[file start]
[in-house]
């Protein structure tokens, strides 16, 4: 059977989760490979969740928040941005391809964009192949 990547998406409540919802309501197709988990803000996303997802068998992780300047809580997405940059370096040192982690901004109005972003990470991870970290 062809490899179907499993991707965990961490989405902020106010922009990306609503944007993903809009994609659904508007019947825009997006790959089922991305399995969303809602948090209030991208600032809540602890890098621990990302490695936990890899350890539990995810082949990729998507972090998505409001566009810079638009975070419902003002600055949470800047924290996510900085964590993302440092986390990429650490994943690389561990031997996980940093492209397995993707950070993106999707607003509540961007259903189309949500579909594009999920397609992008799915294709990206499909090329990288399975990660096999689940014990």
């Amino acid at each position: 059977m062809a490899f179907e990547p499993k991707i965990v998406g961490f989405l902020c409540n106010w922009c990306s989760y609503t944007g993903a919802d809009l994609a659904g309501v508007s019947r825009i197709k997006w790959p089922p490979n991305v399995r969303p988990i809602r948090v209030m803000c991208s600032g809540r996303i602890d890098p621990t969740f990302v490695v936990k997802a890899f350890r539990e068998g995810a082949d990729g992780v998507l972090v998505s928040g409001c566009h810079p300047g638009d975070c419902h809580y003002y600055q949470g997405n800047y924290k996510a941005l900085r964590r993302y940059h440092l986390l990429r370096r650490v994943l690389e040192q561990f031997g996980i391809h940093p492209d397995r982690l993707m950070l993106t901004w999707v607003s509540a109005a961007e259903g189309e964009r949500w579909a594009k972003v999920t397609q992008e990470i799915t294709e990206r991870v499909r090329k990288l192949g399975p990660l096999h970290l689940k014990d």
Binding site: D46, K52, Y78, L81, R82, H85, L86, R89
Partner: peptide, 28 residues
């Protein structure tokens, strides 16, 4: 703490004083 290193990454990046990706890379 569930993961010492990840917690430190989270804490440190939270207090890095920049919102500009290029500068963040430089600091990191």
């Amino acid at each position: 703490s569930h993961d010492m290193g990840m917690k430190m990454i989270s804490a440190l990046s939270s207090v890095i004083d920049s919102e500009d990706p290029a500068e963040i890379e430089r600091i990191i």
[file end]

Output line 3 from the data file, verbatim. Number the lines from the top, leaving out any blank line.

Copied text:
């Amino acid at each position: 059977m062809a490899f179907e990547p499993k991707i965990v998406g961490f989405l902020c409540n106010w922009c990306s989760y609503t944007g993903a919802d809009l994609a659904g309501v508007s019947r825009i197709k997006w790959p089922p490979n991305v399995r969303p988990i809602r948090v209030m803000c991208s600032g809540r996303i602890d890098p621990t969740f990302v490695v936990k997802a890899f350890r539990e068998g995810a082949d990729g992780v998507l972090v998505s928040g409001c566009h810079p300047g638009d975070c419902h809580y003002y600055q949470g997405n800047y924290k996510a941005l900085r964590r993302y940059h440092l986390l990429r370096r650490v994943l690389e040192q561990f031997g996980i391809h940093p492209d397995r982690l993707m950070l993106t901004w999707v607003s509540a109005a961007e259903g189309e964009r949500w579909a594009k972003v999920t397609q992008e990470i799915t294709e990206r991870v499909r090329k990288l192949g399975p990660l096999h970290l689940k014990d």